Airline review: Hawaiian Airlines business class, Sydney to Honolulu, Hawaii


Airbus A-330


Sydney to Honolulu


Hawaiian Airlines' program is called HawaiianMiles. The airline also has a points partnership with Virgin Velocity.


Business class, seat 3J.


An overnight flight of 9 hours and 45 minutes


At the moment, Hawaiian Airlines does not offer a carbon offset option to passengers but the company has invested in corporate level offsetting. Its new amenity kits, a collaboration with Hawaiian company, Kealopiko, carry a message of sustainability and include a bamboo comb and toothbrush, and reef-safe sunscreen. All amenity kits feature eco-friendly paper packaging.


Daily from Sydney and three-times a week from Brisbane. Hawaiian has a codeshare agreement with Virgin Australia for services to/from other Australian ports. From Australia, Hawaiian also offers one-stop services via Honolulu to 13 mainland US cities.


The Hawaiian Airlines business class line is short because there are only 18 seats in the class. The desk is staffed by Qantas. My staff member has just returned from Hawaii and gives me tips on where to go, including where to find the best shave ice on the island. We arrive into Honolulu's Daniel K. Inouye International Airport (named after the Hawaiian senator) and getting through immigration here is a breeze compared to other US destinations.


Lounge access at Sydney International Airport is in the Qantas Business Lounge.



Two 32 kilogram checked-in bags - very generous.


 Business class seats are in a 2-2-2 configuration. 

The lie-flat bed is 76 inches (193 centimetres) long and seat 20.5 inches (52 centimetres). The colour scheme of brown and tan with blue accents is designed to represent Hawaii's abundance of earth, ocean and sky.

If travelling alone it might be best to opt for one of the two middle row seats as both have direct aisle access. I am in a window seat and some manoeuvring is needed (albeit a small stepover at the ottoman end) to get to the toilet. There's a sliding divider between seats for added privacy.


 With only 18 seats in the business class cabin, there's never a queue for the loo; the flowers in there are a nice touch. The supplied slippers are welcome for the journey there and back. The mattress cover and doona make the lie-flat bed even more comfortable. There's an amenity kit with toothbrush and toothpaste, pen, lip balm, ear plugs and comb.


Mustachioed Michael, the crew member looking after my area, has a twinkle in his eye that reminds me of Magnum PI's Tom Selleck. The floral Aloha shirt (and the mo) help. I am not the only one to think so - after a welcome signature Mai Tai, the passenger in front of me tells Michael  and then begins calling him Tom. Michael takes it with good humour. He and the rest of the crew are warm and friendly, and quick offer tips on where to go in Hawaii. Upon approach to Honolulu we're given a rundown of all the sites we are flying by, which adds to the experience.


After take-off, Tom Selleck (aka Michael) hands out 13 inch Ipads that are held up by a tablet arm that pops out from the armrest. The range of movie options is not huge, with 48 on offer, but there's a good selection of new releases in there as well as TV series including the more recent version of Hawaii Five-O and good food and travel content about the islands.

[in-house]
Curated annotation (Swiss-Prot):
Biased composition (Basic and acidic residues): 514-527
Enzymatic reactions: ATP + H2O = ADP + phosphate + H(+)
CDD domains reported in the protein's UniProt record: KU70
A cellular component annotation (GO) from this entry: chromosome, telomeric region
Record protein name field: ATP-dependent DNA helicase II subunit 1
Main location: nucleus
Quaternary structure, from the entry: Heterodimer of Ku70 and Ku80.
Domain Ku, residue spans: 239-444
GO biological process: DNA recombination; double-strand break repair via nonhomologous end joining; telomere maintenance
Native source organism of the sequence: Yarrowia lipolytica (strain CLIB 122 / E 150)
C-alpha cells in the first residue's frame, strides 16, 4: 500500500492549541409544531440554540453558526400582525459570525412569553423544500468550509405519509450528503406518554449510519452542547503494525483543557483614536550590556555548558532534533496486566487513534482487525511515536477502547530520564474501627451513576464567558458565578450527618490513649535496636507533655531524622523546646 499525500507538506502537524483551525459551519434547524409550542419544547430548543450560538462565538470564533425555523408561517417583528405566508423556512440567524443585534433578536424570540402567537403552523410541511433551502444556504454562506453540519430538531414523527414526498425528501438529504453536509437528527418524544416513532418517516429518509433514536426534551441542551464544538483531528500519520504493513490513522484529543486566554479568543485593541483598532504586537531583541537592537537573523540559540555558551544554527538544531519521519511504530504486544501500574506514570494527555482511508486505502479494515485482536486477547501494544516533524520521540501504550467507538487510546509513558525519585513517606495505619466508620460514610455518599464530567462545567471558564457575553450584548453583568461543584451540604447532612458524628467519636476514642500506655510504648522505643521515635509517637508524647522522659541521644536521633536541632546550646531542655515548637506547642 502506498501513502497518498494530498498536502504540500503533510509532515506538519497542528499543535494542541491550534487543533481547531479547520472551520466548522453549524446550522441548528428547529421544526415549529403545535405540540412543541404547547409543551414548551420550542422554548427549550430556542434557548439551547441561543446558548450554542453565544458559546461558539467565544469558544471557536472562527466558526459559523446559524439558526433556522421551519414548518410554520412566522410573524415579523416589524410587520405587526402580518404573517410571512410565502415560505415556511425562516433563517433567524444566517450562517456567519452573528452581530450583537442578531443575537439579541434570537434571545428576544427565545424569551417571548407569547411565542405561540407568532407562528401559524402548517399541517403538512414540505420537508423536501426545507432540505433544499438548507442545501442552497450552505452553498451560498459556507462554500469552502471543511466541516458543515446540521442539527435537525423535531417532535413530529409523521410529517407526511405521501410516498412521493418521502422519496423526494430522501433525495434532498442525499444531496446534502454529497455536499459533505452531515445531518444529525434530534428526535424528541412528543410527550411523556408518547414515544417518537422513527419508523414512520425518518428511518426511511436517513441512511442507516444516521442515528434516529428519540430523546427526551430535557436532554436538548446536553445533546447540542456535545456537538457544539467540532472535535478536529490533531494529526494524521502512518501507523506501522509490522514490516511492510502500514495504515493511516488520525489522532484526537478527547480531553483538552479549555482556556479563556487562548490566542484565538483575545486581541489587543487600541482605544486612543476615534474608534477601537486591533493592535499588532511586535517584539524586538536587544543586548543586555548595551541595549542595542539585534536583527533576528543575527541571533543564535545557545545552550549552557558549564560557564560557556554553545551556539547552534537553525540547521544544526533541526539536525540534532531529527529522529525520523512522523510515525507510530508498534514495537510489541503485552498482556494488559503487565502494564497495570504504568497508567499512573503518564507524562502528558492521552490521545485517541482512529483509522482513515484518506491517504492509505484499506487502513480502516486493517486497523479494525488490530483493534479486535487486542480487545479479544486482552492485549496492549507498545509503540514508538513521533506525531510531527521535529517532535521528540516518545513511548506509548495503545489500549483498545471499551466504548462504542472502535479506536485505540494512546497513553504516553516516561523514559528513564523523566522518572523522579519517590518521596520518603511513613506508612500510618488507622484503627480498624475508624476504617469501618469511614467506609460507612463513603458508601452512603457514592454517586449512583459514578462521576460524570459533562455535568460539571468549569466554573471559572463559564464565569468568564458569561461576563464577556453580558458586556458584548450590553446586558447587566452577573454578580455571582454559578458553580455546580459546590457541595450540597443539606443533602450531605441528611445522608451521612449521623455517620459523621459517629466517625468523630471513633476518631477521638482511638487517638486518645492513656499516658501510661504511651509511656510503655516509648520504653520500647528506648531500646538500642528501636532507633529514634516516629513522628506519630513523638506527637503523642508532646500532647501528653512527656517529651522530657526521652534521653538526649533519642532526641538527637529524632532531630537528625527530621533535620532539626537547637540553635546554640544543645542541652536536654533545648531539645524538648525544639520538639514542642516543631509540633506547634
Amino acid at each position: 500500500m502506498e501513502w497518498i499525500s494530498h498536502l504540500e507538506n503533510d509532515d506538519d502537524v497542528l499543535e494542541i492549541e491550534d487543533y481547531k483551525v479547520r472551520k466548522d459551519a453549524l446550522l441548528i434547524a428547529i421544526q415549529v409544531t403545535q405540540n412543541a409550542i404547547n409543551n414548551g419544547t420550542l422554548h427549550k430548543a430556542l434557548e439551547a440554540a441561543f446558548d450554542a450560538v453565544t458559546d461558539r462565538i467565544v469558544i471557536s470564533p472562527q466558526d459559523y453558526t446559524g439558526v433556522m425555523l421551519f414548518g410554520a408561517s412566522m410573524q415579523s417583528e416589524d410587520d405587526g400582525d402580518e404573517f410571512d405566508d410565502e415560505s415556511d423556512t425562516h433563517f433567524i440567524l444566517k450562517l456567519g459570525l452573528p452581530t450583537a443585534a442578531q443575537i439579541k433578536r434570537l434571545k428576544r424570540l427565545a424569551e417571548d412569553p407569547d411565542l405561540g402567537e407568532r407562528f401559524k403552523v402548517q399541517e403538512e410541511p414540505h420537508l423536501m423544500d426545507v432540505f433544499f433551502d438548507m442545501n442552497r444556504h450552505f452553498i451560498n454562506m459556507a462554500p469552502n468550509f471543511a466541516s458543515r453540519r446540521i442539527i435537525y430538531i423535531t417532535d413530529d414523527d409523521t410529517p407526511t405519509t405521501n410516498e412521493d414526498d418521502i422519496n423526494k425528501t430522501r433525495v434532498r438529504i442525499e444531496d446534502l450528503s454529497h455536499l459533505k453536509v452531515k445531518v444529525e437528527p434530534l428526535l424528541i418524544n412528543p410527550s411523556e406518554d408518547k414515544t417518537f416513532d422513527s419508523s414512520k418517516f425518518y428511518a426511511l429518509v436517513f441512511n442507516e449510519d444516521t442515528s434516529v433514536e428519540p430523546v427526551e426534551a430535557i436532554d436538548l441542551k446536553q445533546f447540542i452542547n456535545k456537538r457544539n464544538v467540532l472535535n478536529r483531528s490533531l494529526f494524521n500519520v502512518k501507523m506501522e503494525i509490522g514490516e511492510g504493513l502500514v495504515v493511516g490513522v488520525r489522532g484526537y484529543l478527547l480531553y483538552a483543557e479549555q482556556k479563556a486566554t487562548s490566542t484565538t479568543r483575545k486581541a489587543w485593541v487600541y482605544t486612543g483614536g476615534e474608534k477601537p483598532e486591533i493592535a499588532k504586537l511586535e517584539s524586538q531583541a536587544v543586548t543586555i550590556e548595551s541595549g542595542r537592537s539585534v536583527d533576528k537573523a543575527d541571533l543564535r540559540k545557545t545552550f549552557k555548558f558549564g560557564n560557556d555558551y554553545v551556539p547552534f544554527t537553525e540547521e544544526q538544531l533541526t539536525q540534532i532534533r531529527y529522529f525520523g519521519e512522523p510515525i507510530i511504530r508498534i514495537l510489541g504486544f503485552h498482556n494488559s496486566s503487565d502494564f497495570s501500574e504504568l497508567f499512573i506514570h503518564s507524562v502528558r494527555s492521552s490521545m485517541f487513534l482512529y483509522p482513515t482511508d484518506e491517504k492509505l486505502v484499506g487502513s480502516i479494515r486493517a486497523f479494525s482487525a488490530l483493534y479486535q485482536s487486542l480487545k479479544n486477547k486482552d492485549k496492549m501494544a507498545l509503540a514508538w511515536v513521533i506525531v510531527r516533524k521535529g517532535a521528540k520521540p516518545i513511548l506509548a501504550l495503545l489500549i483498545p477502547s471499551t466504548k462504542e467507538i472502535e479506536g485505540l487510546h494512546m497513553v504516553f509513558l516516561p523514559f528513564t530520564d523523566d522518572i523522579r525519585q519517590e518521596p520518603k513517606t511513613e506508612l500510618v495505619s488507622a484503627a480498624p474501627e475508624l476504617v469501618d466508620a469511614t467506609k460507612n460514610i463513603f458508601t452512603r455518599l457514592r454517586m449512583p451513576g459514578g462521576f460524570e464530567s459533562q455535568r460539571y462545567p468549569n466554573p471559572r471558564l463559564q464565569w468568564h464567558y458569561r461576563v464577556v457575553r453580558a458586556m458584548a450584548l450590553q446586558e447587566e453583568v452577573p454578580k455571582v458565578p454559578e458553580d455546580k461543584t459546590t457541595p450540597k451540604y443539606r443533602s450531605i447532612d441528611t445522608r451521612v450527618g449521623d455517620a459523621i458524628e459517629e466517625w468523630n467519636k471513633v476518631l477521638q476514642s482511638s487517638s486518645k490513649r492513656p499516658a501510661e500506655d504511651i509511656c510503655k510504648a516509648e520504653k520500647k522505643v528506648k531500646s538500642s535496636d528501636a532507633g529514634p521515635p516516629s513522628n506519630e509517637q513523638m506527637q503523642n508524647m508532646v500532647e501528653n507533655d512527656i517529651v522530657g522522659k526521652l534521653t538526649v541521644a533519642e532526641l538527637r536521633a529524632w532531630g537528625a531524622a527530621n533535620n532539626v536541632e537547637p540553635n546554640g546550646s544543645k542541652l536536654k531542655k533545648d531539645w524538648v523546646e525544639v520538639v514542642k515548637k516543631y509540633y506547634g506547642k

Menus have been designed by Hawaii's acclaimed chef Lee Anne Wong who runs the very popular Koko Head Cafe in Honolulu. The late-night dinner was suitably light. My choice is the lemongrass chicken with light vegetables and a Lilikoi chilli sauce. A coconut sago pudding for dessert is in keeping with the flavours of the islands. Snacks are available upon request and there's always a full basket of chips and biscuits in the galley. There are two breakfast options, you can be woken for the full array two hours before arrival or opt for a lighter option just before landing. The full breakfast includes kim chee, tomato and cheddar quiche with pork sausages, fruits, pastries, coffee from Hawaiian brand Lion,, and tea by Twinings.

Drinks-wise, the signature Mai Tai, a blend of rich coconut and tropical pineapple arrives with a retro purple swizzle stick skewered with a chunk of pineapple. Other cocktails are suitably tropical, including the Moloka'I Mule and Tropical Landing. It sets the mood, a taste of what's to come not only on the flight but for a Hawaiian holiday. Hawaiian Airlines works with master sommelier Chuck Faruya but the choice of wine is limited to a selection of five, including a Flor Prosecco.


The Kawika Kahiapo song Life In These Islands which is featured on the video screen upon boarding will be playing in your head weeks after the trip, guaranteed. It's hypnotising, in a good way. I am not the only one to look it up on YouTube after the trip - many of the comments were from Hawaiian Airlines passengers, all singing its praises.


Hawaiian Airlines excels at friendly service, referred to as its signature spirit of mea ho'okipa (translation: I am host). . The airline is also triumphant in setting the aloha mood through cuisine, music and design.



Andrea Black travelled as a guest of Hawaiian Airlines. See